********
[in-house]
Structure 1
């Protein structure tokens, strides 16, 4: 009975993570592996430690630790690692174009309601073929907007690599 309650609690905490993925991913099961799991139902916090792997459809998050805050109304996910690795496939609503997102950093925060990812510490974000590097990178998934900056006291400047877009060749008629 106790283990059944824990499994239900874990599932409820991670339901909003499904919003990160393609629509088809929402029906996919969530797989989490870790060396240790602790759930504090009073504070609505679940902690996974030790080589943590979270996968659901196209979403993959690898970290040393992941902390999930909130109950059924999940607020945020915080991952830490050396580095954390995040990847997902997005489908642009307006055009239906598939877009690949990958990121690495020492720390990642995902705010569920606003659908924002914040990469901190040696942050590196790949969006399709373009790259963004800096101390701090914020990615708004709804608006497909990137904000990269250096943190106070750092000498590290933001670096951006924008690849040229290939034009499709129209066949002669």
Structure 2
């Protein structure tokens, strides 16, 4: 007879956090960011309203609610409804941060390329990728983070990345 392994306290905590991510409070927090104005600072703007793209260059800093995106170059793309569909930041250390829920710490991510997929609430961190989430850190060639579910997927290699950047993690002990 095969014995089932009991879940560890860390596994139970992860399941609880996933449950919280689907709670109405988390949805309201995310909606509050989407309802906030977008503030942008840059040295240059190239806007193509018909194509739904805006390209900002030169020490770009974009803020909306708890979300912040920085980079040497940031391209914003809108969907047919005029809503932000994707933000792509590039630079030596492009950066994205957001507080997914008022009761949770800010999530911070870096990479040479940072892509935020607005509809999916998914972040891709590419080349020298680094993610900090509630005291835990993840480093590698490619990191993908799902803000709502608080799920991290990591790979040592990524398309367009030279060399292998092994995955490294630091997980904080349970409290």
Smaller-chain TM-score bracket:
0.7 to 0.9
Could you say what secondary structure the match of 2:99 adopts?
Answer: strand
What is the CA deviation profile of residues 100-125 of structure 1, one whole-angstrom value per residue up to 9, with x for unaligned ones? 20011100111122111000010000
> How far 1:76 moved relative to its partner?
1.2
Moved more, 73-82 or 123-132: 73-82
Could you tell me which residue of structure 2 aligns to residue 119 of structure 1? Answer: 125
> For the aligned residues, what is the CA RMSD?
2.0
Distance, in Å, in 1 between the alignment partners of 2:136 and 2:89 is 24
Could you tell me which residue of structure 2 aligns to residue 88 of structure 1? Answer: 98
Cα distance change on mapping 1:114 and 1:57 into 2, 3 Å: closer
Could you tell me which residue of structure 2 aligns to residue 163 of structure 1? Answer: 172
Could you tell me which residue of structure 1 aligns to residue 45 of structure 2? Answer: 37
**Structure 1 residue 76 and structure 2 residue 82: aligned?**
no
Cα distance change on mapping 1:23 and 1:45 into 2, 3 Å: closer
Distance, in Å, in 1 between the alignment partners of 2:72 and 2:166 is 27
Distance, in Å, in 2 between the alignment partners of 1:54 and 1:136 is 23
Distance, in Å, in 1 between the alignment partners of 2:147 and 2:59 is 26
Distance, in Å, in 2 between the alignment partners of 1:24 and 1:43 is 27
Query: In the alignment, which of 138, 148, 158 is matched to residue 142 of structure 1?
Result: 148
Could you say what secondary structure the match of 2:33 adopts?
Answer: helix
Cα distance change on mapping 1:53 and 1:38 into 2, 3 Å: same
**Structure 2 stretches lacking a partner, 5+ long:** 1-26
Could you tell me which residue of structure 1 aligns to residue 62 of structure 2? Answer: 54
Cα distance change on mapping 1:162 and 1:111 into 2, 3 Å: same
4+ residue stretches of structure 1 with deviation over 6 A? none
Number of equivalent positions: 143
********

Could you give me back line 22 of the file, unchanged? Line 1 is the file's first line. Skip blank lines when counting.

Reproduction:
**Structure 1 residue 76 and structure 2 residue 82: aligned?**